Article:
One such autoinducer observed throughout bacterial kingdom is called autoinducer-2 (AI-2). As published recently in Cell Reports, Karina Xavier and her team from the Instituto Gulbenkian de Ciencia (IGC) in Oeiras, Portugal, reported that manipulating the levels of AI-2 in the gut following antibiotic treatment might help restore the microbial balance.
To test their hypothesis the researchers created the scene first - they treated mice with the antibiotic streptomycin for 28 days. As expected, antibiotic treatment resulted in significant decrease in the total gut bacteria of the mice and a major shift in the balance between Firmicutes (from 43% to 0.7%) and Bacteriodetes (from 48% to 90%).
Next, the researchers introduced genetically modified E.coli strains into the mice gut two days after the start of the antibiotic treatment. Mutant E.coli strains were engineered to be streptomycin resistant and were capable of depleting environmental AI-2 (control group) or producing high amounts of extracellular AI-2 (experimental group). Different E.coli strains were able to colonize the mice gut to the same extent owing to the space freed up by streptomycin treatment.
The result: on day 28, following streptomycin treatment, mice that had high levels of AI-2 in their gut had 3-6 fold more Firmicutes compared to those with low levels of AI-2. In other words, using AI-2 the researchers were, to a certain extent, able to negate the detrimental effect of antibiotic treatment on Firmicutes.
“We attempted to establish homeostasis in the gut after dysbiosis and these results suggest we are on the right track,” said Jessica Thompson and Rita Olivera, the study’s first authors. They further added, “We would like to know the mechanism by which AI-2 is regulating the effect and how we can apply this to humans.”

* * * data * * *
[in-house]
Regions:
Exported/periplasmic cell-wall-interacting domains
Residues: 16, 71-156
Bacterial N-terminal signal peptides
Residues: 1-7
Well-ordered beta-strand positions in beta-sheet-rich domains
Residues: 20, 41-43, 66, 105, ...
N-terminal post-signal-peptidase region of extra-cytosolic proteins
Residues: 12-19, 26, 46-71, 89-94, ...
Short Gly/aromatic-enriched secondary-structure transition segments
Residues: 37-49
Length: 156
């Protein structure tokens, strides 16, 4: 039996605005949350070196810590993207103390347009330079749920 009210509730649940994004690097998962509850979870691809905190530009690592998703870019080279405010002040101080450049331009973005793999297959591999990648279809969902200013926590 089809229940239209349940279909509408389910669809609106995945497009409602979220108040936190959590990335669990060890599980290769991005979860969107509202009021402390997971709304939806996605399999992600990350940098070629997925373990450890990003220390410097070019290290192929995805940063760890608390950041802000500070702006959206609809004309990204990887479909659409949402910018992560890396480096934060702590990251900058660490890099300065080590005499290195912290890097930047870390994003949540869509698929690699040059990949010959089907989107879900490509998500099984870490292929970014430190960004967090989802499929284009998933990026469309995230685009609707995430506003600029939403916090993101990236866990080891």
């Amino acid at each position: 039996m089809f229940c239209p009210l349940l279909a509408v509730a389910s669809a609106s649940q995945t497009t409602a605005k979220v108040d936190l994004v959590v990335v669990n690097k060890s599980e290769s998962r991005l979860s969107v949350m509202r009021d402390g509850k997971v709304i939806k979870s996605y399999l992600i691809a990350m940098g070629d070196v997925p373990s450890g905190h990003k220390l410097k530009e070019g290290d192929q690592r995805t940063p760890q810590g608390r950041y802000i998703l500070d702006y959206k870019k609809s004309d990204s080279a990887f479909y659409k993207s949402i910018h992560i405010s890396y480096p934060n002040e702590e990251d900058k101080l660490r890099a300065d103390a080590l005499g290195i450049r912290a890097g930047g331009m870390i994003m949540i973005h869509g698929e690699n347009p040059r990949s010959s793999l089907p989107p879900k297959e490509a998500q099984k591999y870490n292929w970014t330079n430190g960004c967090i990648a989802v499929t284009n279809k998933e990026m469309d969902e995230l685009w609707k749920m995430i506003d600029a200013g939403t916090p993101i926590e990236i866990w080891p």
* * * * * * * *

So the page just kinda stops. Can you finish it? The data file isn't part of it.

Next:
This is one of the first studies highlighting the potential of manipulating bacterial communications within the gut to restore homeostasis.
Thrilled by the success of their efforts and brimming with hope, Jessica and Rita said, “It would be interesting to study the effect of AI-2 or other quorum-sensing molecules on the gut microbiome in the absence of antibiotic treatment.”
At present, the research team is performing additional studies involving feeding mice with a drug containing AI-2. Dr. Karina Xavier told The Scientist “Now that we know increasing AI-2 has positive effect, it makes sense to try to add it directly”.
Looks like hijacking bacterial communication might turn out to be an antidote to antibiotics.
While scientists are trying to restore the microbial balance in our guts, we can definitely do our part to maintain a balanced microbial environment in the gut by eating a:
- diet rich in Prebiotics: Prebiotics are non-digestible carbohydrates found in fiber-rich plant foods and they promote growth of beneficial bacteria in the gut. All vegetables and fruits including garlic, artichokes, dandelion greens are excellent source of prebiotic fiber. Diets rich in fiber content favor the growth of Bacteriodetes like Prevotella.
- diet rich in Probiotics: Probiotics are “live” bacteria that promote healthy gut. Fermented foods such as sauerkraut, kimchee, kombucha, and yogurt contain live microbes (mainly Lactobacillus, a type of Firmicute) and can help boost the probiotic content of our digestive tract.
Are you hungry? Grab a carrot and some yogurt. Now you know, it is better you choose your bugs than they choose you!